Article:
How to Dispute a Home Insurance Claim Settlement or Denial

Claim disputes are often too complex to handle without professional help, but the DIY route can be more affordable.
Apr 1, 2017

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Having homeowners insurance is supposed to relieve financial stress after damage to your home. But if a claim settlement offer falls short of expectations, or your claim is denied altogether, it can leave you more frustrated than ever.

Disputes between customers and home insurers over claim payments occur for many reasons, from fine print buried in a policy to debate over the real cost to fix your house.

If you think you’re getting a raw deal, you don’t have to accept it. Here’s how to make your case and negotiate a better settlement.

Do-it-yourself dispute

Although claim disputes are sometimes too complex to handle without professional help, going the DIY route can be more affordable.

1. Know what coverage you bought

Sometimes claim payment disagreements are the result of confusion about what’s covered by your homeowners insurance.

Before you get riled up about a claim payment or denial, review your homeowners insurance policy to see if you’re covered for the damage in dispute and what the dollar limits are for your coverage. Knowing what you’re entitled to under your policy will also bolster your argument if you’re in the right.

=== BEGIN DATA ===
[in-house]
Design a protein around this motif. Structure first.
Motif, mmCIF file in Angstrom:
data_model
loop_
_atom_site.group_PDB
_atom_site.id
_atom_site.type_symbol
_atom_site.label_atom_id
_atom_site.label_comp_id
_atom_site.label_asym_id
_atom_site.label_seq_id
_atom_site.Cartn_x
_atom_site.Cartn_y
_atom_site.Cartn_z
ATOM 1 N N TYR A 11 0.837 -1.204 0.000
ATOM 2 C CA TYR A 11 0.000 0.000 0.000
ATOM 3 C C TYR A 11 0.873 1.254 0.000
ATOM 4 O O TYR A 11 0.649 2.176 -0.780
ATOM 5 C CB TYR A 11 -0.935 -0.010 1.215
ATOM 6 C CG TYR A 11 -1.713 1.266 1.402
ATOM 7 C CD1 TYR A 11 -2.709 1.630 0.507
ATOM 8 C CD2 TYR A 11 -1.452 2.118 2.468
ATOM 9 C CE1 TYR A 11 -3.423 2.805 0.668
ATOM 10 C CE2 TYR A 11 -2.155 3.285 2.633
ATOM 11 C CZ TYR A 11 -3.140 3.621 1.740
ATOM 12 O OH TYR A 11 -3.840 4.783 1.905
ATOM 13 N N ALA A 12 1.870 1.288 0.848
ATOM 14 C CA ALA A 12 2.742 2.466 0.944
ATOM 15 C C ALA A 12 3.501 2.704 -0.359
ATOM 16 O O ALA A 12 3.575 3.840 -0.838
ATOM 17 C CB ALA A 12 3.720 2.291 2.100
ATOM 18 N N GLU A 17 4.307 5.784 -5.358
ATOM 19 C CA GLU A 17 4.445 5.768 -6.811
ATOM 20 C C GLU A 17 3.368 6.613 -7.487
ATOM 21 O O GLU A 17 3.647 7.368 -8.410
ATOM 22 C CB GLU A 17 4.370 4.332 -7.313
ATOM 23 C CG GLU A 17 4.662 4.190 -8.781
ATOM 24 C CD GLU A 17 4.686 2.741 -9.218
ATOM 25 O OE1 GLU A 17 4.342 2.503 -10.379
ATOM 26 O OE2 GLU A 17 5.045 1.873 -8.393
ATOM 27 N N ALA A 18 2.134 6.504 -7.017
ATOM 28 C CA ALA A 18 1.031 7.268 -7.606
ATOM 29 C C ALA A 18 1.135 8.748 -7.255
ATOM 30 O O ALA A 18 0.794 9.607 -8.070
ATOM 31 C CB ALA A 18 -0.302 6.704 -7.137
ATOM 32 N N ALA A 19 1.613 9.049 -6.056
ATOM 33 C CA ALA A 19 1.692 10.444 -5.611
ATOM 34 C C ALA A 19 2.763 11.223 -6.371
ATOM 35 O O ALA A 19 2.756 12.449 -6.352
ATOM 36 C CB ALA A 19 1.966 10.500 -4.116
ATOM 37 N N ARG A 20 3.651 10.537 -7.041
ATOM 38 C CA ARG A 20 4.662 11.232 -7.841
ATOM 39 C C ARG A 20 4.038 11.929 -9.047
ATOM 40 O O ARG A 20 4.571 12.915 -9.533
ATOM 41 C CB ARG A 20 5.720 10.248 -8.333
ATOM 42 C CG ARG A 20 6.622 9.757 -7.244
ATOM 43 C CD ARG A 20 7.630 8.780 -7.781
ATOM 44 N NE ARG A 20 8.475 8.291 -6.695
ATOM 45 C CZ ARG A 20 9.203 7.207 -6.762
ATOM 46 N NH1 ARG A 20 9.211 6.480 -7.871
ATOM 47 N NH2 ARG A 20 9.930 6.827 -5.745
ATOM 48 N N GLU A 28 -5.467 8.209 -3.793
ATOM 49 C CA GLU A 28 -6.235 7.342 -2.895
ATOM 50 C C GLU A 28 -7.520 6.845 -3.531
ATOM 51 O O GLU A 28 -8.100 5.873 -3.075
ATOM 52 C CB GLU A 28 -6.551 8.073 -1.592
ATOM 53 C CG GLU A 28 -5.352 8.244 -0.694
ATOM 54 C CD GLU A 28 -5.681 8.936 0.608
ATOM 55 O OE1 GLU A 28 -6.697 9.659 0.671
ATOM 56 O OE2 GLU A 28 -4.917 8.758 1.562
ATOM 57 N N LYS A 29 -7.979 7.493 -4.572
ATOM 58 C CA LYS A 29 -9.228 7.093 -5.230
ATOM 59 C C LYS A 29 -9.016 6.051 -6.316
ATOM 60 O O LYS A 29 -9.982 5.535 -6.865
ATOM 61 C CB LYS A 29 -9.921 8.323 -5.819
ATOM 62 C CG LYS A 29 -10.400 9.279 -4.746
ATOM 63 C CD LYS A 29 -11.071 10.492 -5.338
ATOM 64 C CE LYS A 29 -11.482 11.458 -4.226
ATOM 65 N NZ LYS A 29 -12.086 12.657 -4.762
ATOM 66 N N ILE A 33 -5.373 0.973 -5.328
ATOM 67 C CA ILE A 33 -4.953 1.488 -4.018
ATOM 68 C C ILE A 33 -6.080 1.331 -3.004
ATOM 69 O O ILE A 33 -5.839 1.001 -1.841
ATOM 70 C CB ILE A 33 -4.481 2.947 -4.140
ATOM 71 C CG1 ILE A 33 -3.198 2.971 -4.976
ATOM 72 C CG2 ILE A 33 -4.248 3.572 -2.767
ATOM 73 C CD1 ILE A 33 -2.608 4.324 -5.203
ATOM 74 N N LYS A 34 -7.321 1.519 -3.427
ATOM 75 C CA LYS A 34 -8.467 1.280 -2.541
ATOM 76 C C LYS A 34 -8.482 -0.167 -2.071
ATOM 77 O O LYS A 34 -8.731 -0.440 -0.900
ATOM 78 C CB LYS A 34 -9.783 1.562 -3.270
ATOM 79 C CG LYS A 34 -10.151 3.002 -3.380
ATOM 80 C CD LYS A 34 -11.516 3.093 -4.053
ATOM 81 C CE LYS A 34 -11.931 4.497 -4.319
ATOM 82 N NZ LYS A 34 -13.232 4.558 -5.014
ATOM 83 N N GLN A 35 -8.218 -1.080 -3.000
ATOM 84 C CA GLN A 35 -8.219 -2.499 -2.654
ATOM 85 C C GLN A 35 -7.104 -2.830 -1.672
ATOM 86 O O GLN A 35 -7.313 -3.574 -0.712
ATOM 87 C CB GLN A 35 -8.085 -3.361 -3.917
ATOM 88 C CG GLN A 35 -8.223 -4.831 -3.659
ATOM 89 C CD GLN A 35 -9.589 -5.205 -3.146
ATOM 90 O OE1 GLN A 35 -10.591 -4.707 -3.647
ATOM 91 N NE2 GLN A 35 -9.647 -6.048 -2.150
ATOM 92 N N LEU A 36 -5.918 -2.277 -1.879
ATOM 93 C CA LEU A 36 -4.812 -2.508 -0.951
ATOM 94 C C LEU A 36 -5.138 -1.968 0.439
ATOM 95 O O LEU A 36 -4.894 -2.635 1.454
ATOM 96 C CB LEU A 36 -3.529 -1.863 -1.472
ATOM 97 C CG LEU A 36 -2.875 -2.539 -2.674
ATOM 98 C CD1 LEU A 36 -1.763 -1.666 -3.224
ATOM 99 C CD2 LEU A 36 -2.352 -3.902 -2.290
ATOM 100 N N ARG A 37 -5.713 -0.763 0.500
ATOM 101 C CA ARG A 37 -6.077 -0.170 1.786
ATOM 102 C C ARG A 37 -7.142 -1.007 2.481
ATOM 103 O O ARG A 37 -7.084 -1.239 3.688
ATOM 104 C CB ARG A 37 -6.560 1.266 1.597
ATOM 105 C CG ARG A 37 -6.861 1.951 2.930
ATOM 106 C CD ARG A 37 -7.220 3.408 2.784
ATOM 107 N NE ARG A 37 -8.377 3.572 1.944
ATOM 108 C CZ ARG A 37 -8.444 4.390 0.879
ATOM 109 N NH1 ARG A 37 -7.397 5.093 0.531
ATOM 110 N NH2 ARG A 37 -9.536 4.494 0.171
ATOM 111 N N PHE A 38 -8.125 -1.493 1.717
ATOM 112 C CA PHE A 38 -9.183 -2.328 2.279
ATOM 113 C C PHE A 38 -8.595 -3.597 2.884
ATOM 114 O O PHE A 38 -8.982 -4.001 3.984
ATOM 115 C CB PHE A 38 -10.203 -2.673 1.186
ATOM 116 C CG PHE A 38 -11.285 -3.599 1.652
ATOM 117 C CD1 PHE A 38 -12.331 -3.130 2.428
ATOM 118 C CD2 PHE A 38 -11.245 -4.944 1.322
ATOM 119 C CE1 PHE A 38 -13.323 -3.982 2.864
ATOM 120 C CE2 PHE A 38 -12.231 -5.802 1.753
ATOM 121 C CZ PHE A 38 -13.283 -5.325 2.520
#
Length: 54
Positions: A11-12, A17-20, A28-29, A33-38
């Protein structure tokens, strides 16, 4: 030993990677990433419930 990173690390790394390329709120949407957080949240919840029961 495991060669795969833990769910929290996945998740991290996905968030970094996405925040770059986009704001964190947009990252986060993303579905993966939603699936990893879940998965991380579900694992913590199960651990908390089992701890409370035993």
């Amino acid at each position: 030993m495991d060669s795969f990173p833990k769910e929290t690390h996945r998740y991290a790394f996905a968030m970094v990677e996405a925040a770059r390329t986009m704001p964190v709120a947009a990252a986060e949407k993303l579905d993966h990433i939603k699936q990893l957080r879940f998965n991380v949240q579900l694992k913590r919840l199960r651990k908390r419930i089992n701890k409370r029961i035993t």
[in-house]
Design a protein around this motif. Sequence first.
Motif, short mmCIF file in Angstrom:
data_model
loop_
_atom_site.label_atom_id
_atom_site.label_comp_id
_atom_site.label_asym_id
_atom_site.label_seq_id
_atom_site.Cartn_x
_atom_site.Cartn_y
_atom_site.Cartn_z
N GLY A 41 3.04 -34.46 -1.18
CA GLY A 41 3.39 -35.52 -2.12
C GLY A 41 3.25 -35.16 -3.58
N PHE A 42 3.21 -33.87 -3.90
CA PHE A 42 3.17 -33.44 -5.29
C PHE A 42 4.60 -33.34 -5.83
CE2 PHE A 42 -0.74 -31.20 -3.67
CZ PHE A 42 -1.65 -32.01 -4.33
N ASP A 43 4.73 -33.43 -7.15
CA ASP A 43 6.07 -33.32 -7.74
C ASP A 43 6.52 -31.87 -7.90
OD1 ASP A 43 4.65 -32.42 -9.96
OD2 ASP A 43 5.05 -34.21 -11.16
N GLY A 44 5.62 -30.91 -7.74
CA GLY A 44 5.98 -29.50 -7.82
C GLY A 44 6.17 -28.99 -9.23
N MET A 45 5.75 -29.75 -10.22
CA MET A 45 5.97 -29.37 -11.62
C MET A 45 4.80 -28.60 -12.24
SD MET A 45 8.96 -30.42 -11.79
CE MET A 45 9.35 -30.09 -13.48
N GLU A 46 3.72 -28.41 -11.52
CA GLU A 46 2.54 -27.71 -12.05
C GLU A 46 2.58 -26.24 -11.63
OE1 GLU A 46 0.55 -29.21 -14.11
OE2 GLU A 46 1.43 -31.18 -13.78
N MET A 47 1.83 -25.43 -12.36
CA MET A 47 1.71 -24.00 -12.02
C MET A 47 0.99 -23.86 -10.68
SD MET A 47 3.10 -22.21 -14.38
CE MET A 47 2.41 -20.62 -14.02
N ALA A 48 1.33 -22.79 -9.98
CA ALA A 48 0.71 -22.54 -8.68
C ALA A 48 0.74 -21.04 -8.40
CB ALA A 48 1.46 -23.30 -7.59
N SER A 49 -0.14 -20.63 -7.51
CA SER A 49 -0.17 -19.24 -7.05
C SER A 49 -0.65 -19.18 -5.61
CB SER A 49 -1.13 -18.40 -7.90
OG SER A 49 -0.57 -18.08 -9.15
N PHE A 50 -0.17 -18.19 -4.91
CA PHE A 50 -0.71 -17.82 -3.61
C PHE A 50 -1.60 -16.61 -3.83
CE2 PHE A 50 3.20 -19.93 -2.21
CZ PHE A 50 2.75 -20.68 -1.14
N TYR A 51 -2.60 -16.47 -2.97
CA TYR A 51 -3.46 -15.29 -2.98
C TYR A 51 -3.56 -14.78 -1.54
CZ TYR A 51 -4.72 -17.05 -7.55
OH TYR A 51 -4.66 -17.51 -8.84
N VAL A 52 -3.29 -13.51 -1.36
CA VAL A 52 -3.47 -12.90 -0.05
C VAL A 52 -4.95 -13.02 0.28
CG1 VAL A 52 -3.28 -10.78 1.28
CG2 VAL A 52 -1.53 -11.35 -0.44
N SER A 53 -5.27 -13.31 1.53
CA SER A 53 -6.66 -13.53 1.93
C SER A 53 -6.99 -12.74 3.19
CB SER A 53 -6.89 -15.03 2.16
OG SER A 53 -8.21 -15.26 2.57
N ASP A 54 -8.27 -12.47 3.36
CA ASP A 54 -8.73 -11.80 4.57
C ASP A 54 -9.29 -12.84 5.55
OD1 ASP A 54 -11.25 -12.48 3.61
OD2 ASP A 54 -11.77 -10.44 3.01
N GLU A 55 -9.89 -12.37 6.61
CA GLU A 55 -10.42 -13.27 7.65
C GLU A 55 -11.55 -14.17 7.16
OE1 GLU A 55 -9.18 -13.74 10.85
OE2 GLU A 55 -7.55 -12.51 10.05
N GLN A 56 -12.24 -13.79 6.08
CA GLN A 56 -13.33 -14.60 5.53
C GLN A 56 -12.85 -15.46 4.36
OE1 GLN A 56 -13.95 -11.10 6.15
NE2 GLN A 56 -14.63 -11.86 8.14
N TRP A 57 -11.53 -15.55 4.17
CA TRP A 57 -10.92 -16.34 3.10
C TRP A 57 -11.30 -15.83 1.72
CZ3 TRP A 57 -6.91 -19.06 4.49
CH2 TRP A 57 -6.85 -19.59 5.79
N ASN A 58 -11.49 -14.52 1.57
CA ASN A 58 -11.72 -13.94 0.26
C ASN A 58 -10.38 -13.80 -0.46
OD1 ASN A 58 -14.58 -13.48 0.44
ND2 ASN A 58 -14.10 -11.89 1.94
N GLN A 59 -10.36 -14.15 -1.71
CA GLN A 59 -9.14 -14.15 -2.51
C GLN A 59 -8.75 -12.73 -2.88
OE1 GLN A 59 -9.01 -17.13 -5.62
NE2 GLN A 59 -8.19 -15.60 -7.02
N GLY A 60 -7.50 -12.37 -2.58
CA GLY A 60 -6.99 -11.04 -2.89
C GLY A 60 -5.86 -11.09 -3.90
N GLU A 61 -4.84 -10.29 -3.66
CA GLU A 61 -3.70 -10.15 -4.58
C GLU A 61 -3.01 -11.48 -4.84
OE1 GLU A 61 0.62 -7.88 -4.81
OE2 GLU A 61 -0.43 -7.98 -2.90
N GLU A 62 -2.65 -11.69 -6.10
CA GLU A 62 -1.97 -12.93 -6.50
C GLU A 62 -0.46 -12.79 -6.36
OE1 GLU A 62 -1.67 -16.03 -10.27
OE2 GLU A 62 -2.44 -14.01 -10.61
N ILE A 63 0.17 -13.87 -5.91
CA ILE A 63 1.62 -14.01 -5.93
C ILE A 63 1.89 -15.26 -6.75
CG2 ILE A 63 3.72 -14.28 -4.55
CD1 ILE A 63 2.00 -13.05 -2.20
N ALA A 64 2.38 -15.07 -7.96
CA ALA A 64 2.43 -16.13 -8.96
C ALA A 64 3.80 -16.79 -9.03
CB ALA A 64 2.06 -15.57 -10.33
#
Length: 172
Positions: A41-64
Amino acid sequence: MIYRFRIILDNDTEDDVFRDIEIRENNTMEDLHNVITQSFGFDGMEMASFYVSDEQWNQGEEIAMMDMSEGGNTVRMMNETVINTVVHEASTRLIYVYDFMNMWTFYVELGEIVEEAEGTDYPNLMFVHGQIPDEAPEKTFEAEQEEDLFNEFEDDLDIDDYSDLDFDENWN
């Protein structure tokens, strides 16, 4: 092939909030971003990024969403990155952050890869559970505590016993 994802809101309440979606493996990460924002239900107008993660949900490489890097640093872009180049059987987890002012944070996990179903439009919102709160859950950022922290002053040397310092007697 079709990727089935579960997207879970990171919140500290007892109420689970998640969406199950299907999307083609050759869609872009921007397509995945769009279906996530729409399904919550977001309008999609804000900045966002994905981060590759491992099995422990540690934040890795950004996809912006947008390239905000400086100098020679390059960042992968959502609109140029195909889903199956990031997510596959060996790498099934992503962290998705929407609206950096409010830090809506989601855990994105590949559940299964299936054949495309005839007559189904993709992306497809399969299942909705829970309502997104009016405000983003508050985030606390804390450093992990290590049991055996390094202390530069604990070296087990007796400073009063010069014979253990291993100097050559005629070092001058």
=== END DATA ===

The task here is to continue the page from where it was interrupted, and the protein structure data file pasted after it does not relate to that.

2. Review your claim

If you’re unclear about why the settlement was lower than expected, ask your insurer for clarification. If it cites an exclusion or other specific language in your policy, ask it to point out the section in question.

Document in writing everything your insurer and/or claims adjuster tells you. Keep a log of dates, whom you spoke to and what was said. If you get information by phone or in person, send a follow-up email confirming what you heard.

Once you’re clear on your insurer’s position, prepare documents that can help prove your case, says Amy Bach, executive director of United Policyholders, a consumer advocacy group. For instance, she says, if your insurance company thinks it will cost a certain amount to repair your house but you think it’ll be more, get a written estimate from an independent contractor.

United Policyholder’s claim guidance library includes examples of forms and requests related to claims, plus sample proof-of-loss documents that can help with your case, such as damage reports from independent experts.

3. Appeal your denial or settlement politely

If you need to dispute a denial or low settlement offer, start by writing a letter to your claims adjuster. Briefly explain your point of view, including any evidence you’ve prepared that supports your side, and request that the adjuster review the claim.

Ask for a response within a certain period of time, say, 10 business days. To have a record of the exact day your letter is sent and received, choose the certified-mail option at your post office. Also send a copy of your letter and additional documents to your adjuster’s supervisor.

Even if you’re seething inside, remain polite. Don’t threaten to hire an attorney. If you take an adversarial tone right off the bat, your insurer might decide to let its lawyers do the talking.

4. Ask for an at-home visit, if needed

If there's a dispute over the extent of damage to your home, ask your adjuster to inspect your house again. If you’ve received second opinions from independent contractors or other professionals, such as a smoke-contamination investigator or mold inspector, bring those people to meet with the adjuster.